Baseball's sinners have become anti-drug crusaders

Having seemingly turned a blind eye to steroid abuse for years, the league's new fervour has all the hallmarks of a crusade

PUBLISHED : Sunday, 09 June, 2013, 12:00am
UPDATED : Sunday, 09 June, 2013, 5:41am

It's great to find religion, particularly if you have been wallowing in confusion and despair. But if you are an acknowledged sinner and you find religion through guilt and previous misdeeds, it's usually embraced with the type of missionary zeal that obliterates any and all in your wake. Everybody is a sinner now except you.

Me, I am a sinner as well and primary amongst my sins is that I am irreparably cynical when it comes to the folks who run professional sports. But unlike me, the good people who run Major League Baseball are reformed sinners. Once they were lost but now they can see and what they see they don't like.

After a work stoppage in 1994, the game became a pariah. But baseball proceeded to get big and buff and in the proceeding years home runs were hit at a captivating rate. The game was back, even though players looked like extras from the bodybuilding documentary Pumping Iron. It sure was suspicious. But business was good and MLB was selling T-shirts that read "Chicks dig the long ball". It's a lot easier to look away when it's raining money and everybody from players to agents to the TV networks and, most notably, the owners were swimming in cash.

However, the gig has been up for quite some time now. Many of the stars of that generation have been thoroughly exposed as drug cheats, while MLB commissioner Bud Selig has repeatedly and incredulously feigned ignorance. To prove it he has overseen a drug-testing regimen that has seen MLB go from the most ludicrously lax protocol to the most stringent of all American sports. He may not officially be a confessed sinner but Selig sure is acting like one and you know what happens to the irredeemably pious? The stamping out of previous indiscretions becomes a crusade.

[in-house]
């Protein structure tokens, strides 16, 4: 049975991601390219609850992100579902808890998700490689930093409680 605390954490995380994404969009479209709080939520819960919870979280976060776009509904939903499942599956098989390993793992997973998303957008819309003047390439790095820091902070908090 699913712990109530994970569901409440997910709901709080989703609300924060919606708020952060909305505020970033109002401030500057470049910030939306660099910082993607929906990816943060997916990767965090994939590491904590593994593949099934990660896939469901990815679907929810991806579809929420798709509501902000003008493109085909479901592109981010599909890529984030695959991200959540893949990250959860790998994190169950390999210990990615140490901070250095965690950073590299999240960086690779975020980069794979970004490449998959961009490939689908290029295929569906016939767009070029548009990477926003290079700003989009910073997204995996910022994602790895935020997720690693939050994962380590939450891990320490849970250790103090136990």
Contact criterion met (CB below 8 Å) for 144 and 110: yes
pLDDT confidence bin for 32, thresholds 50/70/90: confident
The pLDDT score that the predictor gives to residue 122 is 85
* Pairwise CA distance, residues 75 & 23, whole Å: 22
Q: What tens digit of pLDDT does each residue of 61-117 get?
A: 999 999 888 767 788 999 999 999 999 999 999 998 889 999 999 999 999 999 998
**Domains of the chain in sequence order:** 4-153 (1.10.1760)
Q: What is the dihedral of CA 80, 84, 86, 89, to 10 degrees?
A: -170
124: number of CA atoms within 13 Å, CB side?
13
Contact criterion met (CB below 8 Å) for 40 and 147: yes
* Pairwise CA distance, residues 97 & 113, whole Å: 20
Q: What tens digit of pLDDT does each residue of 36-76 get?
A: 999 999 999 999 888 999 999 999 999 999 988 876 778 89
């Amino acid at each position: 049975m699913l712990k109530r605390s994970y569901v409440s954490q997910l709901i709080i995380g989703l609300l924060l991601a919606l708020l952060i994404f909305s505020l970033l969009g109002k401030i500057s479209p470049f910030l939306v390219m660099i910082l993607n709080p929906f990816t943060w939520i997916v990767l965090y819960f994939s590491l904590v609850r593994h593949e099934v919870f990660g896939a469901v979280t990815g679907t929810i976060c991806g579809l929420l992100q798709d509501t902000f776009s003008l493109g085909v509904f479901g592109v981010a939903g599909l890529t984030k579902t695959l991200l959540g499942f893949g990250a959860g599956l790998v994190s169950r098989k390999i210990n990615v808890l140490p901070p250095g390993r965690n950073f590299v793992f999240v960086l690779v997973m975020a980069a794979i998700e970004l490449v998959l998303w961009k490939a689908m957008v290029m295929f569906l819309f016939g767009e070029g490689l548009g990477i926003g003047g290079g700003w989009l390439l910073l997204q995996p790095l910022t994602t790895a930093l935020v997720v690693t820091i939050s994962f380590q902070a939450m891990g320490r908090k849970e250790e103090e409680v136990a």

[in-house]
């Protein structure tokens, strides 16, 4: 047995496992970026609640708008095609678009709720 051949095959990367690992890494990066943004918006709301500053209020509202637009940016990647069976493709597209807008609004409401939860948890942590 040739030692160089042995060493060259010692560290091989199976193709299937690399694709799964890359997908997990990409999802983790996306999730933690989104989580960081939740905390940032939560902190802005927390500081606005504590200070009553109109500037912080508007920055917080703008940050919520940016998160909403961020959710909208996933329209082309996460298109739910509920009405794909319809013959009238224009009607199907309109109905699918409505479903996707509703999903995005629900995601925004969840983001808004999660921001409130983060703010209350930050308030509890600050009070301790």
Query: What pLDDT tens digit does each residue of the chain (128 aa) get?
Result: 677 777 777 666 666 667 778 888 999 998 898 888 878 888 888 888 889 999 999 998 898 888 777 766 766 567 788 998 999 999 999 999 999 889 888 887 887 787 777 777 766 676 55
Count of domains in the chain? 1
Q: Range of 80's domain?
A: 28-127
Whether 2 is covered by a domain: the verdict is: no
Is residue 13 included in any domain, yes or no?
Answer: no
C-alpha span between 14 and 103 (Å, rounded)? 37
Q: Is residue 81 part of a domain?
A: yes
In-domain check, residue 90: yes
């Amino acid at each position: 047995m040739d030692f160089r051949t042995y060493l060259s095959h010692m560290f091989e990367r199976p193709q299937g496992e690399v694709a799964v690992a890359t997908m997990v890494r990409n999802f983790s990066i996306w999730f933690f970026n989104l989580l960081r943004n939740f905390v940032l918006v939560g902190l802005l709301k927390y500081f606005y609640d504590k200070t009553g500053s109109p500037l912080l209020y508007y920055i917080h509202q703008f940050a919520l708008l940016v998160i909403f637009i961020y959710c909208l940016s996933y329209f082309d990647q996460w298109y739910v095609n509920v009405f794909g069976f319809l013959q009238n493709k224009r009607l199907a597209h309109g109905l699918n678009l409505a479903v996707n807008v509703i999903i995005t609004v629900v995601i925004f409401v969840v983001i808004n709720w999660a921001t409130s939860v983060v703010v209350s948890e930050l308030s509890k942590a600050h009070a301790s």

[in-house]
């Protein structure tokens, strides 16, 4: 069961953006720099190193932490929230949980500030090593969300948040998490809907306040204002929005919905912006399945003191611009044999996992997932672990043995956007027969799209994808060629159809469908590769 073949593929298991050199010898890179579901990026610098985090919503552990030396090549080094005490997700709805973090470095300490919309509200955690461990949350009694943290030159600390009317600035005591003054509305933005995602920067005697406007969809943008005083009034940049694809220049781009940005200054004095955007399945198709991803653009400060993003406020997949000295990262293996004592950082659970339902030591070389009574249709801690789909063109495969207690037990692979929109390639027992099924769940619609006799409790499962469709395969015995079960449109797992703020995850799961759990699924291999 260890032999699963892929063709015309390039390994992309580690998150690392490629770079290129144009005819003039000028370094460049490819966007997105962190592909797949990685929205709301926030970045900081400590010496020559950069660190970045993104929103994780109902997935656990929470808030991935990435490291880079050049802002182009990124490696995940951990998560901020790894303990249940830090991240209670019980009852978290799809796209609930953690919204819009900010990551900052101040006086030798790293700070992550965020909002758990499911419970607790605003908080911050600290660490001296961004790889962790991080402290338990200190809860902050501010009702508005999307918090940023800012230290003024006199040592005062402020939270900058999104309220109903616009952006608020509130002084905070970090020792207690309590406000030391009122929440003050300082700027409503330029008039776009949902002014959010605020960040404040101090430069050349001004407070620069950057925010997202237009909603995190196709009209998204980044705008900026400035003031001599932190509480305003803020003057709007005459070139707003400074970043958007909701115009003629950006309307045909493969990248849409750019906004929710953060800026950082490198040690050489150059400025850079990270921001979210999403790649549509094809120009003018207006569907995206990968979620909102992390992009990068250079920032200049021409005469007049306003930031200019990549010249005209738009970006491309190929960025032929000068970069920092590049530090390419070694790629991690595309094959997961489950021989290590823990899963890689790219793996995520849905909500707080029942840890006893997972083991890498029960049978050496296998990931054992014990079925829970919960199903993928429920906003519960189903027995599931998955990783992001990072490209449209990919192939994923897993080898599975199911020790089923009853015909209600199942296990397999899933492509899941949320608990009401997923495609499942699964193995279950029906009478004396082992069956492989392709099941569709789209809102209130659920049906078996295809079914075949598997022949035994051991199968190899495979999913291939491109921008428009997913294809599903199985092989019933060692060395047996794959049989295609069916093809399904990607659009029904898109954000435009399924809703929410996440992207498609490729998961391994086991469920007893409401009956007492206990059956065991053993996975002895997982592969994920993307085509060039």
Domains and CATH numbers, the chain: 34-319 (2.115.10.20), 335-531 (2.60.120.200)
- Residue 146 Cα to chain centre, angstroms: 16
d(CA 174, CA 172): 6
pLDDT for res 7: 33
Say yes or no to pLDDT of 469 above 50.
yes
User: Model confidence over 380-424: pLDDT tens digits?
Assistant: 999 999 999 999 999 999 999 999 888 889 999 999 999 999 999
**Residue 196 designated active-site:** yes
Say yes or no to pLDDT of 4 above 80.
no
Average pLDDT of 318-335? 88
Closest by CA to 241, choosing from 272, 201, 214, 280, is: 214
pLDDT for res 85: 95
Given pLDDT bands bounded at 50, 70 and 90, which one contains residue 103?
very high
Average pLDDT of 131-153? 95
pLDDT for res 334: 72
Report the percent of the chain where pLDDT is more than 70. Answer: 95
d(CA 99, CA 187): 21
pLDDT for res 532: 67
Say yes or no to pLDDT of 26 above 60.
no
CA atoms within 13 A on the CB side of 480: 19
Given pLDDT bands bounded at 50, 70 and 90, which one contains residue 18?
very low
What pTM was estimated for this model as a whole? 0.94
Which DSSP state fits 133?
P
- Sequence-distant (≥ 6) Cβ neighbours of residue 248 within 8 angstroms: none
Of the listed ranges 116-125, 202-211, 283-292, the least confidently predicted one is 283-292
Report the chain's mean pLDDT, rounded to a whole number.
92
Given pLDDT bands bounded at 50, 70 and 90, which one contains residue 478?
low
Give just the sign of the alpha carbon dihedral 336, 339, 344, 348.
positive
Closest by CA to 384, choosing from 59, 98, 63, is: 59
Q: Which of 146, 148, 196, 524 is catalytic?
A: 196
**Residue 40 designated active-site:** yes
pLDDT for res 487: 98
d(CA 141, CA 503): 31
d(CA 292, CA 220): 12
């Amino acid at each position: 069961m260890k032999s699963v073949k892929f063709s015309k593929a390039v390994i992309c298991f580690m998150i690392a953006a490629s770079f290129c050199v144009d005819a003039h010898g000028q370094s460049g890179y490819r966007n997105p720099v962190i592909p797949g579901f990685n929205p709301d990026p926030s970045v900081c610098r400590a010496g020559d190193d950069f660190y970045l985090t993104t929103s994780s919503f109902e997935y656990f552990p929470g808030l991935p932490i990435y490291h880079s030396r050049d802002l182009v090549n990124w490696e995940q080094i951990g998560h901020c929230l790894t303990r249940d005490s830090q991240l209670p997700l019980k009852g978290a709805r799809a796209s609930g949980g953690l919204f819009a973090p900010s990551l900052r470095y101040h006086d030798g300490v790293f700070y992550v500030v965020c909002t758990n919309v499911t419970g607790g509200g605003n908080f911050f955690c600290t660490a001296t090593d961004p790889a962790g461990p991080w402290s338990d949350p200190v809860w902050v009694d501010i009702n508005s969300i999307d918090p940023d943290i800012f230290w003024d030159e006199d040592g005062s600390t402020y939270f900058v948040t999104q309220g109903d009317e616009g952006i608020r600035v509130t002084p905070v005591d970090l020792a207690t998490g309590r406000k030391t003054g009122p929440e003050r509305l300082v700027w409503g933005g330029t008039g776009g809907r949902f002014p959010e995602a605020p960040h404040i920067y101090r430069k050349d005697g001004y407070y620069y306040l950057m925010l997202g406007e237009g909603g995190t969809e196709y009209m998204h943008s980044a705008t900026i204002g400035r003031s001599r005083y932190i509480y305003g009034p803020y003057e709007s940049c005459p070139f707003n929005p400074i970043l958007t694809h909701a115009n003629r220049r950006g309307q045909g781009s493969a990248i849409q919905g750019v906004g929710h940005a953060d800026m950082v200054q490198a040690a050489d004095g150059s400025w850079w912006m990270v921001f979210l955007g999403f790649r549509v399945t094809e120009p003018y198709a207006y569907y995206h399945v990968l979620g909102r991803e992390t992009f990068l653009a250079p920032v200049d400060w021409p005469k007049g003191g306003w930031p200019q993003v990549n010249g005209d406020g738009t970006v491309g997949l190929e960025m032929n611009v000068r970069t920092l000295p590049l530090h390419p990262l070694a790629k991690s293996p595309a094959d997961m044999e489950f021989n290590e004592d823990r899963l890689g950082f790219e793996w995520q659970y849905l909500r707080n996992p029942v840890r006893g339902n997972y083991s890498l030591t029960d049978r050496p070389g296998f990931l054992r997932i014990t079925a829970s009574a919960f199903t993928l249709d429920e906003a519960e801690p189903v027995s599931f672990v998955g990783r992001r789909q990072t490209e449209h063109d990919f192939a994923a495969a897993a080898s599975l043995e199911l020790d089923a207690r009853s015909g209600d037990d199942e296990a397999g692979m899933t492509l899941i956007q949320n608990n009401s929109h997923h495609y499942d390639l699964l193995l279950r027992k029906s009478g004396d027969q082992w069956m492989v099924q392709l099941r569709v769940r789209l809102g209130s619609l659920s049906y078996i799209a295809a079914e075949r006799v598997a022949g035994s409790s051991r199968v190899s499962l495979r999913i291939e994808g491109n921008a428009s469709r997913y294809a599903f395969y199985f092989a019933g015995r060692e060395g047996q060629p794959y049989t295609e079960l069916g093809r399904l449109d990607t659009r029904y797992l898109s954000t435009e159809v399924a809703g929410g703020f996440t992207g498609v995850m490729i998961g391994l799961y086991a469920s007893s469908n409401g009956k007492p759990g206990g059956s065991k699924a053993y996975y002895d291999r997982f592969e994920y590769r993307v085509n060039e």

This past week a story was leaked that MLB was looking to suspend at least 20 players for 100 games because their names have been mentioned in the sales records of a clinic in Miami that apparently supplied them with banned performance-enhancing drugs. Foremost on the list were New York Yankees slugger Alex Rodriguez, Milwaukee Brewers All-Star Ryan Braun, Texas Rangers outfielder Nelson Cruz, Toronto Blue Jays slugger Melky Cabrera and Oakland Athletics pitcher Bartolo Colon.

There is no greater sinner in baseball today than Rodriguez and A-Rod's greatest sin is that he makes an ungodly amount of money to play the game. Actually, he makes an ungodly amount of money not to play the game because his body, arguably through years of pharmaceutical abuse, is now breaking down.

He has yet to play this season but will still make US$29 million and is owed US$104 million over the next five years. Next month he turns 38 and has had surgery on both hips and was a healthy scratch last year during the playoffs. He is a narcissistic, self-indulgent tabloid magnet who has connived and lied his way in and out of a number of situations. He will have earned over half a billion dollars playing baseball and is arguably the least sympathetic creature in the universe.

And yet I hope he collects every single penny owed to him. Before the beginning of the 2008 season when the Yankee brass gave him the ludicrous 10-year deal, there were numerous rumblings that A-Rod had taken performance drugs in the past. But the Yankees, and MLB to some extent, were looking at A-Rod as the guy who could remove the stench of the sullen and seemingly drug-enhanced Barry Bonds' record-breaking home-run binge that saw him top Hank Aaron as the game's all-time leader.

The Yankees were so sure A-Rod's pursuit of the record would be a profitable windfall they installed a US$6 million bonus when he passed each of the top four home-run leaders of all time. One year later Rodriguez was publicly forced to admit he had indeed used steroids in the past. Over the past two years more damning revelations have come to light and now a disgraced owner of an anti-ageing clinic is willing to turn over evidence against A-Rod and his crew so MLB will drop a lawsuit against him. I don't know if MLB has a legal leg to stand on, but one thing is certain: it is suddenly more dogged than the IRS at tax time when it comes to drug cheats.

Meanwhile, the Yankees are hoping A-Rod will just go away and the rest of his contract can be voided on behavioural violations. Yup, they have all found religion now. But I don't care how much redemption you invest publicly. You will, and should, reap what you sow.